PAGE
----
Nigerian court to rule on stoning sentence

A Nigerian court will give its verdict on Monday on whether a man accused of raping a nine-year old girl should be stoned to death.

    The verdict will determine more than the convict's life

    Sentenced earlier by a lower court, 54-year old Sarimu Mohammed would become the first Nigerian to be killed by stoning if the Islamic court upholds the conviction.

    But both the defence and the prosecution now say they expect the court in Dutse, the provincial capital of Jigawa, to be lenient and show mercy, since Sarimu is mentally impaired.

    But irrespective of the final verdict, Sarimu's fate has reignited the debate over reintroduction of Sharia in northern Nigera. Twelve states have adopted Islamic law since 1999.

    54-year old Sarimu Mohammed would become the first Nigerian to be killed by stoning if the Islamic court was to uphold the conviction

    Jigawa state officials said they had received more than 1000 letters urging them to commute Sarimu's death sentence.

    Monday's verdict will also rekindle interest in two more high profile cases, pending appeals before the higher court.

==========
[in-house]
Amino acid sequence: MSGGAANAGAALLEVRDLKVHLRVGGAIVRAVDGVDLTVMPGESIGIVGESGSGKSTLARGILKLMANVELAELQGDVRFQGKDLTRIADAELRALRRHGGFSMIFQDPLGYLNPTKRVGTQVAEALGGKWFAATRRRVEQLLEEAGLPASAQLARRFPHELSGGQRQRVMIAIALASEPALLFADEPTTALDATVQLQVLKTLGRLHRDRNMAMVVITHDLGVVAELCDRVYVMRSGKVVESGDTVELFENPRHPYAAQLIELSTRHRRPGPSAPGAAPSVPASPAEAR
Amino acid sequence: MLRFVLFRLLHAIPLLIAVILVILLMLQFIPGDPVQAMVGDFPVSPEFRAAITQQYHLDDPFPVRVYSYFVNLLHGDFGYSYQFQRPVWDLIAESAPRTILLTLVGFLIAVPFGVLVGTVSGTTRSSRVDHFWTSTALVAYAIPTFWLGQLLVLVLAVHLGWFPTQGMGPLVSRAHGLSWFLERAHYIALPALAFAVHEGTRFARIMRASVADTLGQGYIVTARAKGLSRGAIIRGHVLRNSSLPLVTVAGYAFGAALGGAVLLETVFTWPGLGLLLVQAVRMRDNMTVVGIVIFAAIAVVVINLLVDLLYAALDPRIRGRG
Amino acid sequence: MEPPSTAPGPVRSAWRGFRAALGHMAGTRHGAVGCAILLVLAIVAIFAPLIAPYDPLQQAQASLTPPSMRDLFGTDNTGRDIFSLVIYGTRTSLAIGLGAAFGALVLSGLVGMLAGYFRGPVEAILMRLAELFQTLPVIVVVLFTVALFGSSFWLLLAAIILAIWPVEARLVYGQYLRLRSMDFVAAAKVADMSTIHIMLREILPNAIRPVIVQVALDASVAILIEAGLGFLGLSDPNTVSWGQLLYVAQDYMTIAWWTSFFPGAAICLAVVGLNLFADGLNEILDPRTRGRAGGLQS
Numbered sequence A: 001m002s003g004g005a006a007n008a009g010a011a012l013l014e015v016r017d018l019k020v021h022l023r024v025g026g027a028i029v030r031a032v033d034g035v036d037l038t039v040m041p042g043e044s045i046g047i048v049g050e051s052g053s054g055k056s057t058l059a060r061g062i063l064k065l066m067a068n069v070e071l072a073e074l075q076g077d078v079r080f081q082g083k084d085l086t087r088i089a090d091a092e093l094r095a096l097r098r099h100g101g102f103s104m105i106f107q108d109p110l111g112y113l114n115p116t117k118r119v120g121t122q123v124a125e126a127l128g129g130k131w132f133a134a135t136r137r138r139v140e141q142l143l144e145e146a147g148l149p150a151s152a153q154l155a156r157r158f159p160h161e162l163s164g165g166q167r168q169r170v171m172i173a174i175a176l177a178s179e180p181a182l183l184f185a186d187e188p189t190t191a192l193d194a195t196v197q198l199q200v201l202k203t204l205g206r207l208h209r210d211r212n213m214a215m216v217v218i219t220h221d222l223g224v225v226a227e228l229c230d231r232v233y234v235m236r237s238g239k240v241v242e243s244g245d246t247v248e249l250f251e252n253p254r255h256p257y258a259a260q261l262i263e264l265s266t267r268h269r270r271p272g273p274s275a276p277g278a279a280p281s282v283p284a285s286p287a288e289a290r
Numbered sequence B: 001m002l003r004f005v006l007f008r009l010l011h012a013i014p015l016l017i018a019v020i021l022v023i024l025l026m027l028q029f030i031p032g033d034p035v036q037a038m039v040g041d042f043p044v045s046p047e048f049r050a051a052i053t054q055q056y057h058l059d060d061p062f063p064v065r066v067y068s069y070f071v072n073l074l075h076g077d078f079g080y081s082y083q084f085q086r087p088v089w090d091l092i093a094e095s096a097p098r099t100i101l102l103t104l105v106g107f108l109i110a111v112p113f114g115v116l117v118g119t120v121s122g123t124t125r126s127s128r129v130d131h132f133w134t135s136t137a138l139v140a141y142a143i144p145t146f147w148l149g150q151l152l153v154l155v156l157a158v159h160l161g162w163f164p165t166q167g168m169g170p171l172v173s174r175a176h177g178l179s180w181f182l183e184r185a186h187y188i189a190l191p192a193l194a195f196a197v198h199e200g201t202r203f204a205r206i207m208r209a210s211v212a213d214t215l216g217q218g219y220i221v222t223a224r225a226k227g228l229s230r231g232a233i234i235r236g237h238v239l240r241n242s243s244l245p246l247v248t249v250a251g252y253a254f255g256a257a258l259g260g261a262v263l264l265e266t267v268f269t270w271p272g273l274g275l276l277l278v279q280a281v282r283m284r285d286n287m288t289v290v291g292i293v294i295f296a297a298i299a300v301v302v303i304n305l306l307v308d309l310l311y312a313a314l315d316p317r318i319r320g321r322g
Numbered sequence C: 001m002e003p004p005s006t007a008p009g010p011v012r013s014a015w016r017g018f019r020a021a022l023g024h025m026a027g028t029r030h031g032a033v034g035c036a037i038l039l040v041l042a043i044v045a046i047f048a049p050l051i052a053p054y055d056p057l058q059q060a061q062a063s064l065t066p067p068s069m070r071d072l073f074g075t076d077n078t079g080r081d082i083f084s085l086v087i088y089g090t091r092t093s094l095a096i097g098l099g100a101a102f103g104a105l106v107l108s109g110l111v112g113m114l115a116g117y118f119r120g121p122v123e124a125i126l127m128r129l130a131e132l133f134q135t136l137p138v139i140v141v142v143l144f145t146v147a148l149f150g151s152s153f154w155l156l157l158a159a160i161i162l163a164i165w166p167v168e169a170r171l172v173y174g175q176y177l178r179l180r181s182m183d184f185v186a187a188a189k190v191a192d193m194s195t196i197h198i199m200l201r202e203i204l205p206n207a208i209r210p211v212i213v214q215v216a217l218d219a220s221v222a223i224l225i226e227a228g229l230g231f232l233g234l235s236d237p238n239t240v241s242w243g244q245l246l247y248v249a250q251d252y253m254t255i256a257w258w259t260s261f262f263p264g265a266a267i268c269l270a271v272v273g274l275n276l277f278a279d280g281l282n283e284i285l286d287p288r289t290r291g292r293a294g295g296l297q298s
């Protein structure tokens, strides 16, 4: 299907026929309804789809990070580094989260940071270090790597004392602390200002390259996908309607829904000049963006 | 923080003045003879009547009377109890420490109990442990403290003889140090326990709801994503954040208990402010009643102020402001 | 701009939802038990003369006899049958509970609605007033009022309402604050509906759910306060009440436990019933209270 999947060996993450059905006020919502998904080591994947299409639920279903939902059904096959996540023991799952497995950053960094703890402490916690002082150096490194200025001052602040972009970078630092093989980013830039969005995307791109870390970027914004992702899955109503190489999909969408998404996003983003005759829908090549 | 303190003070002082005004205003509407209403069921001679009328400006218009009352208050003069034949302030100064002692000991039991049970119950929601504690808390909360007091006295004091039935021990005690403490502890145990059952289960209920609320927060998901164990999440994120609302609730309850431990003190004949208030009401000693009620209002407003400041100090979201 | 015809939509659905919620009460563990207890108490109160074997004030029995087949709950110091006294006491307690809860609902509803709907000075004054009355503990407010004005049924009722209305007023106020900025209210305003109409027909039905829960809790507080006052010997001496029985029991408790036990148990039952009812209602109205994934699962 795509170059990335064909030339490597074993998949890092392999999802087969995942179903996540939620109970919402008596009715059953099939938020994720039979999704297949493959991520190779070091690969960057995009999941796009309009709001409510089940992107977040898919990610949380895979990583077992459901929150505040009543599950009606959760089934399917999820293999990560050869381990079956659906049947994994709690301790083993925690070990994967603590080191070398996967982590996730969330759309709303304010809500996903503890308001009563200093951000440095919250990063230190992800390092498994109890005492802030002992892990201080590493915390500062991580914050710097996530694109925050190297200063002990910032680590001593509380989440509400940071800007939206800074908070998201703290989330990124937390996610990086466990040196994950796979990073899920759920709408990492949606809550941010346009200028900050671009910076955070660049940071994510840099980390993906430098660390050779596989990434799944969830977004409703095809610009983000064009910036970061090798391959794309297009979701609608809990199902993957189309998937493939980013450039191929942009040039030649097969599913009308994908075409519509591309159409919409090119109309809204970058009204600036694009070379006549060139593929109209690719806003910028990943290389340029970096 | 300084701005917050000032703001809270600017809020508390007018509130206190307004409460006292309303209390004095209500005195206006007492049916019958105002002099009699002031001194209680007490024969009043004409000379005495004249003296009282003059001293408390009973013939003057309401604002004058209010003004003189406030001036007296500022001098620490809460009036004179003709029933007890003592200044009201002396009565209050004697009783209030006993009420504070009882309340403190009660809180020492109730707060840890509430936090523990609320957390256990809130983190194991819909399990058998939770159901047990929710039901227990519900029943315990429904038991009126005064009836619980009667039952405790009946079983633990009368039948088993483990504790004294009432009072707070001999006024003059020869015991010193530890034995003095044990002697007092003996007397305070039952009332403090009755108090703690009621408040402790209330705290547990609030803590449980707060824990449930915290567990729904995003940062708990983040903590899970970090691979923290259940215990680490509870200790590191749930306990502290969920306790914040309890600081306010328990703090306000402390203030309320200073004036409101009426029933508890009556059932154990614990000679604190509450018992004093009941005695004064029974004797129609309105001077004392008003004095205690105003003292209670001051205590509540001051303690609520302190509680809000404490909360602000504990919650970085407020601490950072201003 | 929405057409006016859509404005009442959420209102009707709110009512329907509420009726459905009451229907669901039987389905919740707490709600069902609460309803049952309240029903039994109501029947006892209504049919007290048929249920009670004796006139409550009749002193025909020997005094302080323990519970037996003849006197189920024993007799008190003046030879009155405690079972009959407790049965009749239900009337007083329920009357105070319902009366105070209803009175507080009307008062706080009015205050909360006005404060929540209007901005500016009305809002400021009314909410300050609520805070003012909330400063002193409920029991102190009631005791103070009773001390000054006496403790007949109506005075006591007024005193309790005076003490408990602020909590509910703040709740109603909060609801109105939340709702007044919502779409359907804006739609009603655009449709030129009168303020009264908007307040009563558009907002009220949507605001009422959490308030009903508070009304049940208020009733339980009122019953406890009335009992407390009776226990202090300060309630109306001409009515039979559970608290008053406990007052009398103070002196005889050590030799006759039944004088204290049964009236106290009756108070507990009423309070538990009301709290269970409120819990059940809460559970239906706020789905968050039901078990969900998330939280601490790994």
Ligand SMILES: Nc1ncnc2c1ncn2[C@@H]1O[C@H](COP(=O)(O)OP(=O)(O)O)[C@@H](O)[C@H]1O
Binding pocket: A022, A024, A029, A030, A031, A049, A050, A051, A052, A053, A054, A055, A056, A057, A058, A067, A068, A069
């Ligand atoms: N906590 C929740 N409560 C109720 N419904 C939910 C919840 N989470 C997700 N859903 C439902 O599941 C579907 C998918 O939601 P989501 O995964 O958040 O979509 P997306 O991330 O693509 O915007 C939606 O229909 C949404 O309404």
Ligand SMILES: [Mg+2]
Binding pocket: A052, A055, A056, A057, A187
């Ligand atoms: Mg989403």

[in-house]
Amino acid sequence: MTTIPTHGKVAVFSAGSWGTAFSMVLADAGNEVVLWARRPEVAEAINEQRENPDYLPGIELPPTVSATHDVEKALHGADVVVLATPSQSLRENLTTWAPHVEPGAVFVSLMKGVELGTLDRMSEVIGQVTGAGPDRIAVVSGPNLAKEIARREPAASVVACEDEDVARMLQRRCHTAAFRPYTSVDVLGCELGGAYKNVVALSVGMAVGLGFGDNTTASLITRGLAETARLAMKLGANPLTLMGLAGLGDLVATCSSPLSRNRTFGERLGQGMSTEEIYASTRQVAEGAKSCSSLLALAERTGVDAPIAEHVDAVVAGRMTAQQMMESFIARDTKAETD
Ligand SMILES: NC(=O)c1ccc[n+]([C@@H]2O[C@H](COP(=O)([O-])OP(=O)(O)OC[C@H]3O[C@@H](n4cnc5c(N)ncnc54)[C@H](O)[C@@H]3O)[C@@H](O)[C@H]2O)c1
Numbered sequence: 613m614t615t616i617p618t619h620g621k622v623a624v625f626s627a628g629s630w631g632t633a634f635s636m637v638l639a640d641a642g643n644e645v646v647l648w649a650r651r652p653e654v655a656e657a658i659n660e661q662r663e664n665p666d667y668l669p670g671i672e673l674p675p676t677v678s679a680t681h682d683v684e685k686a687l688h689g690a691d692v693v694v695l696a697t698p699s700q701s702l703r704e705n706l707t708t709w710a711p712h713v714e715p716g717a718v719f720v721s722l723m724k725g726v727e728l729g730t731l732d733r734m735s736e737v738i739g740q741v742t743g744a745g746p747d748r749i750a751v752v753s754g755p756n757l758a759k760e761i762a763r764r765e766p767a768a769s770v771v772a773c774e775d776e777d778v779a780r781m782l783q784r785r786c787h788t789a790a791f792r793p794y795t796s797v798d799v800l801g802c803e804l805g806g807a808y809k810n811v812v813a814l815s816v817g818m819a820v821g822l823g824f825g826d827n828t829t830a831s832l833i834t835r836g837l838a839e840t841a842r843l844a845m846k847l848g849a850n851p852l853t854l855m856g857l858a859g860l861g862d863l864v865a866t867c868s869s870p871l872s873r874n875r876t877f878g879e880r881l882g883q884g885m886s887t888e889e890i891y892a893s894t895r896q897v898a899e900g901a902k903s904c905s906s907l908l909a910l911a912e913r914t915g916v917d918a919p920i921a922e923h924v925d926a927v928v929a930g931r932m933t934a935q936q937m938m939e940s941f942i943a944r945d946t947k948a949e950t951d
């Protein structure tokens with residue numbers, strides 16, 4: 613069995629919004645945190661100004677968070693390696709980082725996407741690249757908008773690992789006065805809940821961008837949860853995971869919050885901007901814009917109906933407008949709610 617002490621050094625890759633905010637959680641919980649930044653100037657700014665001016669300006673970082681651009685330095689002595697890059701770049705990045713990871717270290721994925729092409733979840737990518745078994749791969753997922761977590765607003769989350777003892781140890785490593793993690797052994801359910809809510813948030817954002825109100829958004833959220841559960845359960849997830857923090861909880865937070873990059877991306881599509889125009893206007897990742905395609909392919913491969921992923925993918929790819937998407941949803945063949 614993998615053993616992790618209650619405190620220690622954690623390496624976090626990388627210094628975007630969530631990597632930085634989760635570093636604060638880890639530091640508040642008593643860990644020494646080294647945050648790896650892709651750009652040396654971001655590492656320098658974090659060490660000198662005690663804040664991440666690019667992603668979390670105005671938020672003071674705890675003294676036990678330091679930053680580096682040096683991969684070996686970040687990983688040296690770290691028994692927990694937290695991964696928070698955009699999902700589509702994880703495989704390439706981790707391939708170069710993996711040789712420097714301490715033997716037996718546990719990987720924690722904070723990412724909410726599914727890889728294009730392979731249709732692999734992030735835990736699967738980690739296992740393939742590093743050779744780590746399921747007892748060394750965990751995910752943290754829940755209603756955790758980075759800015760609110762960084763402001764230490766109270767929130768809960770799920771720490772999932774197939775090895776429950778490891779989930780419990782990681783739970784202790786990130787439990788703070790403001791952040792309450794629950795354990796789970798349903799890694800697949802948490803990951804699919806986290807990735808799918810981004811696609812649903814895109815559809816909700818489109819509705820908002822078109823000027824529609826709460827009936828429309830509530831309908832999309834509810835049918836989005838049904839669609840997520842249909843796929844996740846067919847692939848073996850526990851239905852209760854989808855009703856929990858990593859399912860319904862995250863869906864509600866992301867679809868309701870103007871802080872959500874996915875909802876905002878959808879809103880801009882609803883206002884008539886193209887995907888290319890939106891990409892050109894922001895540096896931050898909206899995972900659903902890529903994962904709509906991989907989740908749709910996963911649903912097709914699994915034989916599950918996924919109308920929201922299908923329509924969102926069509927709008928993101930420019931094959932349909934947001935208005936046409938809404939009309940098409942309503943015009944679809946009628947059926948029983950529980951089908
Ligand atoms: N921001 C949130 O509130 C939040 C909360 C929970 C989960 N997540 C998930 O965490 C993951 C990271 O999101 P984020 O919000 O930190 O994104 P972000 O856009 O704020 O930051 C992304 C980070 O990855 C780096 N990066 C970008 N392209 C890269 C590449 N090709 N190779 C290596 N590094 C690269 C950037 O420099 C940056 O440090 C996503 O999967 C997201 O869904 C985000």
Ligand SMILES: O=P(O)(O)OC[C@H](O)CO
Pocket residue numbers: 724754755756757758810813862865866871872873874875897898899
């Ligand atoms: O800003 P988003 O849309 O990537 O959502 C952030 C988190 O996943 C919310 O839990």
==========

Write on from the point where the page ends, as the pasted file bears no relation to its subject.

A mother of three, Amina Lawal, was sentenced to death by stoning last year for adultery after she bore a child out of wedlock.

    Ex-lovers, Fatima Usman and Ahmadu Ibrahim were also handed the same sentence in Niger state.

    Many non-Muslim Nigerians view Sharia penal law as harsh and out of step with the country's liberal traditions and recently restored democracy.

    Nigeria's federal government has said it opposes stoning sentences, but has so far not attempted to legally challenge  implementation of sentences.



    'We will cut your throats': The anatomy of Greece's lynch mobs

    The brutality of Greece's racist lynch mobs

    With anti-migrant violence hitting a fever pitch, victims ask why Greek authorities have carried out so few arrests.

    The rise of Pakistan's 'burger' generation

    The rise of Pakistan's 'burger' generation

    How a homegrown burger joint pioneered a food revolution and decades later gave a young, politicised class its identity.

    From Cameroon to US-Mexico border: 'We saw corpses along the way'

    'We saw corpses along the way'

    Kombo Yannick is one of the many African asylum seekers braving the longer Latin America route to the US.